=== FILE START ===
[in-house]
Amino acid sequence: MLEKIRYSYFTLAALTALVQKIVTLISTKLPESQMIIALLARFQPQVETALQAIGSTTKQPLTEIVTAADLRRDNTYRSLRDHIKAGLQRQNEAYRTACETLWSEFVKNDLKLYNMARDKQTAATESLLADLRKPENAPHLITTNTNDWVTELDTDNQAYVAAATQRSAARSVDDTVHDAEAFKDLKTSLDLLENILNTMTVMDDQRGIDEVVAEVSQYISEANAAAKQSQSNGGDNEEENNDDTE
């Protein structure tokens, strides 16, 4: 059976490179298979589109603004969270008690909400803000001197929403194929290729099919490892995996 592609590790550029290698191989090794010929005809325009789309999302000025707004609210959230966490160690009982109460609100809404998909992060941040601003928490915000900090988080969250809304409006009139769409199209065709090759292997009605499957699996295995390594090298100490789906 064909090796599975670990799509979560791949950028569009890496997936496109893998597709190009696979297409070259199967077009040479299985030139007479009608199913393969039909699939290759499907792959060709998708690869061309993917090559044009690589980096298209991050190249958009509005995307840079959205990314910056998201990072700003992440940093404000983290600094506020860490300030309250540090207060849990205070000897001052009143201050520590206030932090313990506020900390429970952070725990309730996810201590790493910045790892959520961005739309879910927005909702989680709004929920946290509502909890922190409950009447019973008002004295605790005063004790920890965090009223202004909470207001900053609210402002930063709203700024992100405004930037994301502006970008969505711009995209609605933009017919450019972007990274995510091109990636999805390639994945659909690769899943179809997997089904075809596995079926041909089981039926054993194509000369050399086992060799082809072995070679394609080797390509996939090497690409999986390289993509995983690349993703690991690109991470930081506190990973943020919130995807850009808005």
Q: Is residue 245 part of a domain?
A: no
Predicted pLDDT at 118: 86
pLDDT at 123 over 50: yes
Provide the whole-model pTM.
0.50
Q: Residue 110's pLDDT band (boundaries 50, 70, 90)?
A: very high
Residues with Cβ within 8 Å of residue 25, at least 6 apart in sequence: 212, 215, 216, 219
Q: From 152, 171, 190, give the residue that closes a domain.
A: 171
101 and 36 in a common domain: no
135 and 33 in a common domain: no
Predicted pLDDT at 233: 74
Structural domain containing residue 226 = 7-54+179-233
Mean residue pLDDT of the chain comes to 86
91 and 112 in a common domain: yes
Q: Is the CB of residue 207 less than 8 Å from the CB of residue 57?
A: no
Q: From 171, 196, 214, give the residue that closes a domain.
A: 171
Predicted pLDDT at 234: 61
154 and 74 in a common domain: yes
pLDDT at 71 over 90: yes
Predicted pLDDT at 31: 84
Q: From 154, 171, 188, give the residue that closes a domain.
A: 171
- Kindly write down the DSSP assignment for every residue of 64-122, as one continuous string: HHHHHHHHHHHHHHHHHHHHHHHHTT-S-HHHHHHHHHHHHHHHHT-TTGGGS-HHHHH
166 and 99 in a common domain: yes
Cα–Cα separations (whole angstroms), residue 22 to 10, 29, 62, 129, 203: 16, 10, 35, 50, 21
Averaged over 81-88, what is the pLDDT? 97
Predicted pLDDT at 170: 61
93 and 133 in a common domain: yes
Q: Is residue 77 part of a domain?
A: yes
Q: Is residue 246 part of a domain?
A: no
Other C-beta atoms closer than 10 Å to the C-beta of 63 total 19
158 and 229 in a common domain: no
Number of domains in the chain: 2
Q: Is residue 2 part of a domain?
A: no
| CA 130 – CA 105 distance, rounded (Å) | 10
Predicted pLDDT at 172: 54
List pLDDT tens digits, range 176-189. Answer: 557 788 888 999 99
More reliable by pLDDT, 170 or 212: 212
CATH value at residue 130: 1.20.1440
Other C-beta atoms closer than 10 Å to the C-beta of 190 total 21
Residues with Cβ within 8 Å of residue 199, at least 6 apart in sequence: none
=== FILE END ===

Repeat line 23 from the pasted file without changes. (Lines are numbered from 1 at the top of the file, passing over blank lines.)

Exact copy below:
Q: From 171, 196, 214, give the residue that closes a domain.